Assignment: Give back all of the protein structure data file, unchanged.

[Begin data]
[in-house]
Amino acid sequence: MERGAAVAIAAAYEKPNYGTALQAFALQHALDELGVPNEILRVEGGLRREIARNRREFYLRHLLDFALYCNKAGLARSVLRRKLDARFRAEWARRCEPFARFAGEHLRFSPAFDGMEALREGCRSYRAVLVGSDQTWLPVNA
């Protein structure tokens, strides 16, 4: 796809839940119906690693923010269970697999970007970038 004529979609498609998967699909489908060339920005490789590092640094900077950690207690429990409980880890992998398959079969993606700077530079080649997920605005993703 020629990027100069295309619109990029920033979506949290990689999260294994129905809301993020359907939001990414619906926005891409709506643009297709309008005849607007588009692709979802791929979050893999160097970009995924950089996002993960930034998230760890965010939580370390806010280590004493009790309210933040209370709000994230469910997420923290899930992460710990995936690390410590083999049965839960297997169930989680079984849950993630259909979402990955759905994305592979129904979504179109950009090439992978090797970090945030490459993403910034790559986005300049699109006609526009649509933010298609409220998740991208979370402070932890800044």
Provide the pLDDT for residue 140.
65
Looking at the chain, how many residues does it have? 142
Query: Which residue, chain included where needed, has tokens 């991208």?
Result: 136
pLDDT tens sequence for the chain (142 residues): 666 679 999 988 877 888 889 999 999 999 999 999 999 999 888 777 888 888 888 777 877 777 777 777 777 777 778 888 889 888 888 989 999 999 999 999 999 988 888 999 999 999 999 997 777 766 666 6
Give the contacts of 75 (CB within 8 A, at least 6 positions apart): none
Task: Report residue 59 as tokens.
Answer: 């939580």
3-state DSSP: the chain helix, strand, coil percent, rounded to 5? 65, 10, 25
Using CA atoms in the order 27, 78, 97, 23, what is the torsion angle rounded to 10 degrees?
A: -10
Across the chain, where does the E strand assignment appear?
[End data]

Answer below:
[in-house]
Amino acid sequence: MERGAAVAIAAAYEKPNYGTALQAFALQHALDELGVPNEILRVEGGLRREIARNRREFYLRHLLDFALYCNKAGLARSVLRRKLDARFRAEWARRCEPFARFAGEHLRFSPAFDGMEALREGCRSYRAVLVGSDQTWLPVNA
């Protein structure tokens, strides 16, 4: 796809839940119906690693923010269970697999970007970038 004529979609498609998967699909489908060339920005490789590092640094900077950690207690429990409980880890992998398959079969993606700077530079080649997920605005993703 020629990027100069295309619109990029920033979506949290990689999260294994129905809301993020359907939001990414619906926005891409709506643009297709309008005849607007588009692709979802791929979050893999160097970009995924950089996002993960930034998230760890965010939580370390806010280590004493009790309210933040209370709000994230469910997420923290899930992460710990995936690390410590083999049965839960297997169930989680079984849950993630259909979402990955759905994305592979129904979504179109950009090439992978090797970090945030490459993403910034790559986005300049699109006609526009649509933010298609409220998740991208979370402070932890800044």
Provide the pLDDT for residue 140.
65
Looking at the chain, how many residues does it have? 142
Query: Which residue, chain included where needed, has tokens 């991208």?
Result: 136
pLDDT tens sequence for the chain (142 residues): 666 679 999 988 877 888 889 999 999 999 999 999 999 999 888 777 888 888 888 777 877 777 777 777 777 777 778 888 889 888 888 989 999 999 999 999 999 988 888 999 999 999 999 997 777 766 666 6
Give the contacts of 75 (CB within 8 A, at least 6 positions apart): none
Task: Report residue 59 as tokens.
Answer: 């939580």
3-state DSSP: the chain helix, strand, coil percent, rounded to 5? 65, 10, 25
Using CA atoms in the order 27, 78, 97, 23, what is the torsion angle rounded to 10 degrees?
A: -10
Across the chain, where does the E strand assignment appear?